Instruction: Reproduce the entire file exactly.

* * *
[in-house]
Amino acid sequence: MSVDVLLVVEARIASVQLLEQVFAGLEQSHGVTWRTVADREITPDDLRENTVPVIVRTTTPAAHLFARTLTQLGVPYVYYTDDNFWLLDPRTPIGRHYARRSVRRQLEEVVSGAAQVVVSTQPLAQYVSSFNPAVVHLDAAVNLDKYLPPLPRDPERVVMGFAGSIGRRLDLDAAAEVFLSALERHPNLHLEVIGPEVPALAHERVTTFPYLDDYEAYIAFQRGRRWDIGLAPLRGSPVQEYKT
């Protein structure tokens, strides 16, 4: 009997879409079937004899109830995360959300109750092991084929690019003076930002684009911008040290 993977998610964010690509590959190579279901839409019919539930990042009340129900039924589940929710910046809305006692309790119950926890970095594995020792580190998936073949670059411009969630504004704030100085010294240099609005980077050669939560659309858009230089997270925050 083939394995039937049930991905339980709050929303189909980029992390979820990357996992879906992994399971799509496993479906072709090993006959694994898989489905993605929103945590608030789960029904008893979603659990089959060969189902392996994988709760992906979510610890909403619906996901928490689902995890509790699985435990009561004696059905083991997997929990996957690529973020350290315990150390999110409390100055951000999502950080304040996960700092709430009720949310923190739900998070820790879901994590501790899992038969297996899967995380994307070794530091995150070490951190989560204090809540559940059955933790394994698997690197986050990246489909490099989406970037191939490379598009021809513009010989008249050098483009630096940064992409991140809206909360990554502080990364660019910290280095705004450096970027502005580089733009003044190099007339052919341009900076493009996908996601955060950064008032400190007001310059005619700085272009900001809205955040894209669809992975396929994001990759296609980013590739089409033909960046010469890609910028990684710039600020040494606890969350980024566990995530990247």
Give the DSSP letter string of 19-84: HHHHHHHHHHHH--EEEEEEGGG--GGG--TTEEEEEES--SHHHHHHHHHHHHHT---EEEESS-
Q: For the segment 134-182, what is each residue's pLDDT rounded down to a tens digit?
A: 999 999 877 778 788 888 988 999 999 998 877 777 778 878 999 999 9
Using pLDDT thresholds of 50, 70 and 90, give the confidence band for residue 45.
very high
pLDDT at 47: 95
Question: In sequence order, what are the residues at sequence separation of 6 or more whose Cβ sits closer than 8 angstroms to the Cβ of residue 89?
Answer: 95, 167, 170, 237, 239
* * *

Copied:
[in-house]
Amino acid sequence: MSVDVLLVVEARIASVQLLEQVFAGLEQSHGVTWRTVADREITPDDLRENTVPVIVRTTTPAAHLFARTLTQLGVPYVYYTDDNFWLLDPRTPIGRHYARRSVRRQLEEVVSGAAQVVVSTQPLAQYVSSFNPAVVHLDAAVNLDKYLPPLPRDPERVVMGFAGSIGRRLDLDAAAEVFLSALERHPNLHLEVIGPEVPALAHERVTTFPYLDDYEAYIAFQRGRRWDIGLAPLRGSPVQEYKT
């Protein structure tokens, strides 16, 4: 009997879409079937004899109830995360959300109750092991084929690019003076930002684009911008040290 993977998610964010690509590959190579279901839409019919539930990042009340129900039924589940929710910046809305006692309790119950926890970095594995020792580190998936073949670059411009969630504004704030100085010294240099609005980077050669939560659309858009230089997270925050 083939394995039937049930991905339980709050929303189909980029992390979820990357996992879906992994399971799509496993479906072709090993006959694994898989489905993605929103945590608030789960029904008893979603659990089959060969189902392996994988709760992906979510610890909403619906996901928490689902995890509790699985435990009561004696059905083991997997929990996957690529973020350290315990150390999110409390100055951000999502950080304040996960700092709430009720949310923190739900998070820790879901994590501790899992038969297996899967995380994307070794530091995150070490951190989560204090809540559940059955933790394994698997690197986050990246489909490099989406970037191939490379598009021809513009010989008249050098483009630096940064992409991140809206909360990554502080990364660019910290280095705004450096970027502005580089733009003044190099007339052919341009900076493009996908996601955060950064008032400190007001310059005619700085272009900001809205955040894209669809992975396929994001990759296609980013590739089409033909960046010469890609910028990684710039600020040494606890969350980024566990995530990247």
Give the DSSP letter string of 19-84: HHHHHHHHHHHH--EEEEEEGGG--GGG--TTEEEEEES--SHHHHHHHHHHHHHT---EEEESS-
Q: For the segment 134-182, what is each residue's pLDDT rounded down to a tens digit?
A: 999 999 877 778 788 888 988 999 999 998 877 777 778 878 999 999 9
Using pLDDT thresholds of 50, 70 and 90, give the confidence band for residue 45.
very high
pLDDT at 47: 95
Question: In sequence order, what are the residues at sequence separation of 6 or more whose Cβ sits closer than 8 angstroms to the Cβ of residue 89?
Answer: 95, 167, 170, 237, 239